Hours: Daily, 11:30 a.m. to 10 p.m.; dim sum served Saturdays and Sundays, 11:30 to 3 p.m.

Price Range: Dinner entrees range from $4.95 to $8.95; sepcial family dinners, $7.95 per person; "authentic Chinese dinners," $9.95 per person.

Atmosphere: Slightly elegant, but not to the point of requiring a tie and jacket.

Credit Cards: Visa, Master Charge, American Express.

Reservations: Recommended on weekends, at dinnertime.

Special facilities: Booster chairs; free parking after 5:30 in parking building next to First Virginia Bank of Fort Myer Drive; wheelchairs a problem after 6 p.m., when the elevator stope working.

One of our daughters pouted all the way to China Garden, saying, "I don't like Chinese food. You know I hate Chinese food." When we arrived, her face lit up and she said, "Oh, I didn't know you meant this place!"

She, who refuses to allow shrimp toast to cross her lips, considers this second-story Cantonese restaurant a stand-out among local eateries. And for the rest of the family, who require frequent fixes of Oreintal food, the China Garden in Rosslyn is a perfect place to chase the blahs away. It is particular treat to bring the family here for weekend dim sum, or Chinese tea lunch.

One would not describe China Garden as a haven for the nursery set. The tables are covered with white clots: the waiters, though polite and competent, are not particularly warm or reassuring, and the clientele -- much of it dressed in busness suits at dinnertime -- does no look as if it would welcome children shrieking past the table en route to the wishing well at the entrance.

Prices at China Garden are on the high side for Chinese food -- the more so if, like us, you order more than you should because it's so frustrating to limit your order. But whereas I might think twice about bringing the kids to a pricey French restaurant, children are an advantage at a place like China Garden, where dishes are share family style, and where the presence of two additional mouths allows you to sample more dishes than you reasonably could as a couple. On our last visit, our family of four spent $48.83, tip included, but only because we indulged ourselves wildly, on the pretext of exploring the menu. On other evenings we've spent $35, and of course, dim sum is cheaper still.

Following family custom, the children allowed us to pick all four entrees, trusting that we'd order at least one dish they like, and requiring only that we order the holy of holies: Chinese white rice, which comes with the meal and which they would behappy eating three times a day.

We ordered two old stand-bys: crystal shrimp natural ($7.75) and shredded chicken with hot chili and black bean sauce($6.25), two of the most popular items on the menu. The secret of the shrimp dish (served beautifully on a bed of slivers of raw carrots, scallions and ginger) is a sauce so delicate that it preserves the integrity of the excellent, fresh jumbo shrimp, a generous portion cooked to just the right degree and no more.

The chicken dish is something grown-ups should surely try. Out children have slightly mixed feelings about it: they love it, but it's spicier than they are happy with. This, plus the fact that it arrives on a bed of spicy cooked green peppers, would probably cancel any interest most children might otherwise have in the dish. On the whole, though, dishes at this Cantonese restaurant are not heavily spiced.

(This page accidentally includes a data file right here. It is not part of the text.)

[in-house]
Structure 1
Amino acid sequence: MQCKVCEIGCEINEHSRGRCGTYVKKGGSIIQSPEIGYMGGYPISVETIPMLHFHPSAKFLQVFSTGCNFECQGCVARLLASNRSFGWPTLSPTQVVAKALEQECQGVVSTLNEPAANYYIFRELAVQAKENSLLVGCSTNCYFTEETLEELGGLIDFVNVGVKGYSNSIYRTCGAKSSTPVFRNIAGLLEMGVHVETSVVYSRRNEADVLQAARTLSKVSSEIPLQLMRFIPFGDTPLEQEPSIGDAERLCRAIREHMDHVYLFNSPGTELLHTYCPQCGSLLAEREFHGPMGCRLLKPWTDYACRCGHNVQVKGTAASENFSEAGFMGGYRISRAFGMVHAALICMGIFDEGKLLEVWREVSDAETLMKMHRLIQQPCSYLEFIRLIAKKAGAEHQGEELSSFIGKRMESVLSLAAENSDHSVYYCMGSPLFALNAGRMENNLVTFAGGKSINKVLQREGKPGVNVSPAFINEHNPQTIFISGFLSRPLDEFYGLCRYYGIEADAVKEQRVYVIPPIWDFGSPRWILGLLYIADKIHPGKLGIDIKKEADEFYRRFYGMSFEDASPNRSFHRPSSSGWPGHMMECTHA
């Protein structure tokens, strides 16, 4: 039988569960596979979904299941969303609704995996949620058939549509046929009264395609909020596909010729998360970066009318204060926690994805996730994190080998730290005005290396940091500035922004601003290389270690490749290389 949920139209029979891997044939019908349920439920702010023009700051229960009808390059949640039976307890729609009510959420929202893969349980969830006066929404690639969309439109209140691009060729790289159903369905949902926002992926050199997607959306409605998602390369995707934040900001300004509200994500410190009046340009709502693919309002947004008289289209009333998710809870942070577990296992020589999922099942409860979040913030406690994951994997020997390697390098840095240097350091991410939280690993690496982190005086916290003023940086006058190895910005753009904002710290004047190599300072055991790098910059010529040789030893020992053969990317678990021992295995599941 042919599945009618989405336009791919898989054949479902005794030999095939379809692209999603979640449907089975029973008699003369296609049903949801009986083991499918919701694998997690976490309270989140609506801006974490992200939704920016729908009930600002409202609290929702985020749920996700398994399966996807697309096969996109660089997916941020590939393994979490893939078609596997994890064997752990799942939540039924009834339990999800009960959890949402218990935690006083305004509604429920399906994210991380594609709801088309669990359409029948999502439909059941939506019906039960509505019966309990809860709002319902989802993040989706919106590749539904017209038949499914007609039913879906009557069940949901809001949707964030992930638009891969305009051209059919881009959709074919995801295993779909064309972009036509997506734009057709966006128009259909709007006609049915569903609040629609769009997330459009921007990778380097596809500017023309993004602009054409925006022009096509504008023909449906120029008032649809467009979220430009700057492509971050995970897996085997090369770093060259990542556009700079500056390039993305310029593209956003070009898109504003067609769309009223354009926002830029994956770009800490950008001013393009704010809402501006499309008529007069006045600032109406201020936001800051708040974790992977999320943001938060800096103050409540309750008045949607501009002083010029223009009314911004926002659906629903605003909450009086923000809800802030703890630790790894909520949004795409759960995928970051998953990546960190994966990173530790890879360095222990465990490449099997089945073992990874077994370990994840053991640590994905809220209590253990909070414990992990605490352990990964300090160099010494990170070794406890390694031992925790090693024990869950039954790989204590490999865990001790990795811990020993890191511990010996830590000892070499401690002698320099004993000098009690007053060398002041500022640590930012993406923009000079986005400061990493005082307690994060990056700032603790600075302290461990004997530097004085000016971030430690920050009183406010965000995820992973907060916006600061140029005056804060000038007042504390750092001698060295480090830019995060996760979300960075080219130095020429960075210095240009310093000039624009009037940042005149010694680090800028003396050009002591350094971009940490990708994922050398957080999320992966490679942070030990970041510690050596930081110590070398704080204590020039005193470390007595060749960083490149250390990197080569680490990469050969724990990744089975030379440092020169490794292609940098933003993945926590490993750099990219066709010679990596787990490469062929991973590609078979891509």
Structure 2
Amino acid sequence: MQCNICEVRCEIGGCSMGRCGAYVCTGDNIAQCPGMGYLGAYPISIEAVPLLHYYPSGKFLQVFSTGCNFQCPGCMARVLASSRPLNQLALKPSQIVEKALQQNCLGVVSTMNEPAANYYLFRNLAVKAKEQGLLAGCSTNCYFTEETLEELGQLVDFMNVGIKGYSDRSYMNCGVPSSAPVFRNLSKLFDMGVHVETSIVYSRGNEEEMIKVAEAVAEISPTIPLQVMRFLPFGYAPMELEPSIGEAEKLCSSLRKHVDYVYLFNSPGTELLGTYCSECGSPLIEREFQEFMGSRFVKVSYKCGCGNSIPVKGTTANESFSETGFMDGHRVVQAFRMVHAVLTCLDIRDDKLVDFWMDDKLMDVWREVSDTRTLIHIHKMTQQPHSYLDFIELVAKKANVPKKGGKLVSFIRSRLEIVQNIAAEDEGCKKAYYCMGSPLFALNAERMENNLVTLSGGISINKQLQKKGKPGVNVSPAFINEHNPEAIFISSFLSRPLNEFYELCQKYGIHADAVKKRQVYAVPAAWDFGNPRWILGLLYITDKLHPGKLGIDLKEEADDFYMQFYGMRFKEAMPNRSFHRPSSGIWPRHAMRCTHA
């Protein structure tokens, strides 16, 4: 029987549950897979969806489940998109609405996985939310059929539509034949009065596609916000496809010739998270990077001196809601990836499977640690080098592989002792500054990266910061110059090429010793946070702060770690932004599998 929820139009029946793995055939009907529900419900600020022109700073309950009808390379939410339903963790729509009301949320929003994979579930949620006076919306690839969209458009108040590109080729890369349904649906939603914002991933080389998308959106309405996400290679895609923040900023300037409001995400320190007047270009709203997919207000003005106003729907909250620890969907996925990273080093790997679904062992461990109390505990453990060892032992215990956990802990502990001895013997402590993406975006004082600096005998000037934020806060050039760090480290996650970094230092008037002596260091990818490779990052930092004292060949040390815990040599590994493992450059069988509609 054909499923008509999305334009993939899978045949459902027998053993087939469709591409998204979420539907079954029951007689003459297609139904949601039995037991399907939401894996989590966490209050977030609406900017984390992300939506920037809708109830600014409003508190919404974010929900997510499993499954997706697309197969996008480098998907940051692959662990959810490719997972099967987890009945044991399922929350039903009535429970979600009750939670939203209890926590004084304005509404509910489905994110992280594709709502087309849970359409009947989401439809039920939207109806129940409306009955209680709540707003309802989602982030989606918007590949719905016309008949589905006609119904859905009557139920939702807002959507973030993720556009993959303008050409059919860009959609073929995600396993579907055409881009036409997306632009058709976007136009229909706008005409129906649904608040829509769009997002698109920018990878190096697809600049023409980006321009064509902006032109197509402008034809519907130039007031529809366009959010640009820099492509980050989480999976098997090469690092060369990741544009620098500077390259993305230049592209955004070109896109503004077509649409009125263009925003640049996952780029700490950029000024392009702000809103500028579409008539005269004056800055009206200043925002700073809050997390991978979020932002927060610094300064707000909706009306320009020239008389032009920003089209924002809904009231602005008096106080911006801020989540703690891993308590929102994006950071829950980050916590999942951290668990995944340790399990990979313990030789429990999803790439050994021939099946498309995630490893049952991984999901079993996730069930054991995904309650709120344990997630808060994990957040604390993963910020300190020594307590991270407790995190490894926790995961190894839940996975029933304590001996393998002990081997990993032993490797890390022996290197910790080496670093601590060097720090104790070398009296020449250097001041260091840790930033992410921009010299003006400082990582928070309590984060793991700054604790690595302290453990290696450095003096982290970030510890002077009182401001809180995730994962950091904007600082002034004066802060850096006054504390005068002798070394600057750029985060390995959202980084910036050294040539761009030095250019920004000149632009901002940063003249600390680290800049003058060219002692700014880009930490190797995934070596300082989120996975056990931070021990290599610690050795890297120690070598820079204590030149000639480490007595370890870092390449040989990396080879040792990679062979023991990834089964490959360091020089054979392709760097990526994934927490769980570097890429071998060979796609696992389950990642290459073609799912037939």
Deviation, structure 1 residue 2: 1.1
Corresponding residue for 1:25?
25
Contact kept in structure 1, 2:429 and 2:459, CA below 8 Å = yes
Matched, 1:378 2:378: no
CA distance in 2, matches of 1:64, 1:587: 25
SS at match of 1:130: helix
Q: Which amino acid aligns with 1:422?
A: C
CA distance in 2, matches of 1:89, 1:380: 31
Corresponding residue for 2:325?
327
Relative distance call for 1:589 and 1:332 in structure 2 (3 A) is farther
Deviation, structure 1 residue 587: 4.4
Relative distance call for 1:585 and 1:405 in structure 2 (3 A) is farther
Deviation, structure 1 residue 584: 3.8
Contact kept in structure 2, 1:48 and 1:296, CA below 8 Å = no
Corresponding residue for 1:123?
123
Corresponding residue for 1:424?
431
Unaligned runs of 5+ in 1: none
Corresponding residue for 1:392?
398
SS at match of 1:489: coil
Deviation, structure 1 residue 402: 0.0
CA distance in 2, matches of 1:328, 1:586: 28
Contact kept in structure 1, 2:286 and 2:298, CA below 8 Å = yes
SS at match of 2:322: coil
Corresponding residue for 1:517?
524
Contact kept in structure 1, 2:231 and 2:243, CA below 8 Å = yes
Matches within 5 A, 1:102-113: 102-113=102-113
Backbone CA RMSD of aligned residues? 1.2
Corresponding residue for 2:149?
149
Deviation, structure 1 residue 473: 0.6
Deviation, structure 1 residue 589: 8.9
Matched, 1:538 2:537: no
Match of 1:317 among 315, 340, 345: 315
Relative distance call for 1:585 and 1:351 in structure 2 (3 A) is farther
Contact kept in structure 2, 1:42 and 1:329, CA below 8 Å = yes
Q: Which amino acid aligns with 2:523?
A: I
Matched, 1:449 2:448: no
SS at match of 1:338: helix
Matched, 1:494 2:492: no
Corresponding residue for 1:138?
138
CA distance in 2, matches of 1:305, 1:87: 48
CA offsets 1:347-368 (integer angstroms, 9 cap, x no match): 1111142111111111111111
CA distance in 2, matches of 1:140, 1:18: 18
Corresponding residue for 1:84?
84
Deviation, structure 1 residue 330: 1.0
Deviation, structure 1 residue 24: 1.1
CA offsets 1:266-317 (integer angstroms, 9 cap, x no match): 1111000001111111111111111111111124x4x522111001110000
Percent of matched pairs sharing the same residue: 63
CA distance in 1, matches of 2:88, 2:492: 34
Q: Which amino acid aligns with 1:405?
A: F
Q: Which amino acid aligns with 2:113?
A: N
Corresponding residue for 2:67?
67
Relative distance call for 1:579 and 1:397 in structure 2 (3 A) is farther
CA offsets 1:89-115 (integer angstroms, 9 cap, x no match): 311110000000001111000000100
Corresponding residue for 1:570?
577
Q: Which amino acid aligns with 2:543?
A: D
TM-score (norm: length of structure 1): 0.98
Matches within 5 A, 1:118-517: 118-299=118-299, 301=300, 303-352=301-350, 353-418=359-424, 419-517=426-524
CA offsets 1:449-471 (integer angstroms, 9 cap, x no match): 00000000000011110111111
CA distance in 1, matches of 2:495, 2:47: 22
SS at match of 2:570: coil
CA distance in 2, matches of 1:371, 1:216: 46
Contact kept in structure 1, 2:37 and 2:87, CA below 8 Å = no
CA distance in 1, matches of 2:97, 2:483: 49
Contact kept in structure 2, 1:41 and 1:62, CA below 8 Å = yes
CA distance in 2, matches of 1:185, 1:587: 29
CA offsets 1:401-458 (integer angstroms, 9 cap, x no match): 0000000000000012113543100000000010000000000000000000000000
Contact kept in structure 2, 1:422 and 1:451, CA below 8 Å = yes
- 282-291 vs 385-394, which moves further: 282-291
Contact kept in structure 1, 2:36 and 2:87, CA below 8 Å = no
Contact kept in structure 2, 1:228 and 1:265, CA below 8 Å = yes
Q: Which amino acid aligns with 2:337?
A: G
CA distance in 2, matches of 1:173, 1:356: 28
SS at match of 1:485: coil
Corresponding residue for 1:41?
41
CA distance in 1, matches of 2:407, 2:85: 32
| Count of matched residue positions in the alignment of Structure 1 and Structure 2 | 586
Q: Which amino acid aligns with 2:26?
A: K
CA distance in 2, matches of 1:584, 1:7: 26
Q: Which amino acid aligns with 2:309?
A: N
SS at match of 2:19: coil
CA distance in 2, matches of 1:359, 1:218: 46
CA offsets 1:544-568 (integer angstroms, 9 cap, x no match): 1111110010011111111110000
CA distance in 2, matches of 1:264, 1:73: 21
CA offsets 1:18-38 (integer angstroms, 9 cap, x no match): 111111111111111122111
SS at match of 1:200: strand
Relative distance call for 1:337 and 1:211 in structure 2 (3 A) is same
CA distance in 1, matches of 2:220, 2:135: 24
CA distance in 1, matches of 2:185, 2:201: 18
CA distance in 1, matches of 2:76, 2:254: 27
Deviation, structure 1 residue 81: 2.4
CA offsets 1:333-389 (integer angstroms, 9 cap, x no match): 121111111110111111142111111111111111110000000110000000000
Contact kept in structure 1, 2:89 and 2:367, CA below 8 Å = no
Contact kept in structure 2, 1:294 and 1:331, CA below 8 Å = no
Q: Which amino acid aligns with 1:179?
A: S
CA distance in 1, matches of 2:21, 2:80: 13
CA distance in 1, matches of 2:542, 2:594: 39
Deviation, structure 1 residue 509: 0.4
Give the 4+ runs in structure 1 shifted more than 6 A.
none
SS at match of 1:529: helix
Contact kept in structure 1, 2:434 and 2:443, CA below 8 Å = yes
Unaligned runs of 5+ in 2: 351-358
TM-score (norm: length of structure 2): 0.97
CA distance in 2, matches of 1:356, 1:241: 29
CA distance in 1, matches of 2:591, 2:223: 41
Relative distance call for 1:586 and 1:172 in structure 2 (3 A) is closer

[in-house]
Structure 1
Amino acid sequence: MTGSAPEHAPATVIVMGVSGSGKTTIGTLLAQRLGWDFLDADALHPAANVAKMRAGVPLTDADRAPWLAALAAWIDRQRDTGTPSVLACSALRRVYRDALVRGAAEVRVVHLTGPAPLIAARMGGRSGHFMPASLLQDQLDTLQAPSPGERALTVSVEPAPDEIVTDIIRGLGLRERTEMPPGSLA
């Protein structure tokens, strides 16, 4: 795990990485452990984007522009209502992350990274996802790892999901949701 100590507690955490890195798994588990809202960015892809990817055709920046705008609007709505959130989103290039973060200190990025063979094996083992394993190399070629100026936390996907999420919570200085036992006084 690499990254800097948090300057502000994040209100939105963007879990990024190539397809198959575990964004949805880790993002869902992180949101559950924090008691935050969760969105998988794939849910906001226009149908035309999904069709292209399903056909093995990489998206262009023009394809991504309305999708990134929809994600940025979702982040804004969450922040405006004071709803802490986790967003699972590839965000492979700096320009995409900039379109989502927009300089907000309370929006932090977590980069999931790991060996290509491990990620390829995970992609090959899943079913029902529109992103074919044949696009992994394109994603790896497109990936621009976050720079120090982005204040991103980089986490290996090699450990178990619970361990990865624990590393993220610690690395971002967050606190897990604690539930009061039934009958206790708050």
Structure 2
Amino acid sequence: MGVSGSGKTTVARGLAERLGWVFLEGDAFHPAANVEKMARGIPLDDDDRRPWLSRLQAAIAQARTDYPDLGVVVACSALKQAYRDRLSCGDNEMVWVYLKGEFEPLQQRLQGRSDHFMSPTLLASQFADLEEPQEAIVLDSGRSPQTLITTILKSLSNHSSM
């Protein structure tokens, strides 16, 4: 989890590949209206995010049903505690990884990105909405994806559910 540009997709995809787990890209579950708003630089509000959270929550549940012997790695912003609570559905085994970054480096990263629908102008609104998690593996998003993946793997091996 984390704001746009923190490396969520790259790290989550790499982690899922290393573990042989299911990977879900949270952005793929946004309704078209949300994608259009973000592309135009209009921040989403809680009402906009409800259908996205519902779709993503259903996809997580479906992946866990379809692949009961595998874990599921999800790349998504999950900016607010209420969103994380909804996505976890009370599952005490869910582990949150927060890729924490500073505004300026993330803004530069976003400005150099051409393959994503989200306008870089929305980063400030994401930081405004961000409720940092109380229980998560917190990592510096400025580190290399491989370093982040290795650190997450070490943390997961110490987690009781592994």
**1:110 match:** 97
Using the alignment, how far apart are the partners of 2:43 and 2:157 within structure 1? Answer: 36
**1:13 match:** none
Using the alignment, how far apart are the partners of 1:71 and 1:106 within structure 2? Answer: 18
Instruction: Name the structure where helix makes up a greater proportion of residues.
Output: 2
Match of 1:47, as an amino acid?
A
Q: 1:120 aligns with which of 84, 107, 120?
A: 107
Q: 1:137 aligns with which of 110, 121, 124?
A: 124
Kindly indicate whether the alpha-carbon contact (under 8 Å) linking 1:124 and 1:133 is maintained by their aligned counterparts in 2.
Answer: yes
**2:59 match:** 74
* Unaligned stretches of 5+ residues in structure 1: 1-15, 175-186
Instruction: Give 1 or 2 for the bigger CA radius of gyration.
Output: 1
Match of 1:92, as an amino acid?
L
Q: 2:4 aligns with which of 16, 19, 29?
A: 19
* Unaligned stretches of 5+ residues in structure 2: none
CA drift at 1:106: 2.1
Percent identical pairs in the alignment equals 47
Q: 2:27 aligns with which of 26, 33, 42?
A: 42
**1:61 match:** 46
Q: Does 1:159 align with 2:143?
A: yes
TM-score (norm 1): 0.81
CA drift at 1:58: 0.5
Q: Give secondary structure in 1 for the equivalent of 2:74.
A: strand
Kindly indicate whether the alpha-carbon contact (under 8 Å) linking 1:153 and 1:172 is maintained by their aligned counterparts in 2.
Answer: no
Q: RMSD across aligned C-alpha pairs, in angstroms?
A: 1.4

We had very pleasant memories of the Chinese broccoli with oyster sauce ($4.95), a demonstration of how broccoli stems and leaves can be rendered at least as interesting as the flowerettes when well prepared. This time, however, we tried the vegetable combination "lo-hon" style ($5.95), which was a mistake with the chilren, who decided to hate it as soon as they saw odd ingredients such as sliced lotus root, which never reached smelling distance of their mouths.

Being more venturesome than usual, we also had order the sliced whelk and squids sauteed with Chinese kale ($7.25), a frankly seafood dish that contained enough squishy and squeaky things to put the children off totally, and which unaccountably arrived containing about 15 scallops and not quite enough squid. The kale was superb, and even with two of our entrees considered indeible by the girls, we generally had a good meal.

China Garden's most famous sweet is its fried ice cream ($1.50), which is fun to watch: a scoop of ice cream surrounded by batter and deep-fried is brought to the table, where the waiter pours rum and chocolate sauce over it and sets the golden ball aflame, to everyone's delight. There is no question this should be a delicious confection, but we found it a major disappointment. Still, it is fun to order at least one.

We were far happier with the banana fritters ($.75 for two half slices), and one grown-up was quite content with the odd taste and texture of Chinese lychee fruit ($.75).

Lots of families think of Chinese food when they're tired and hungry and have a carful of children and don't want to spend much.China Garden isn't that kind of Chinese restaurant, but it's a nice treat for children who are real fans of good Chinese food.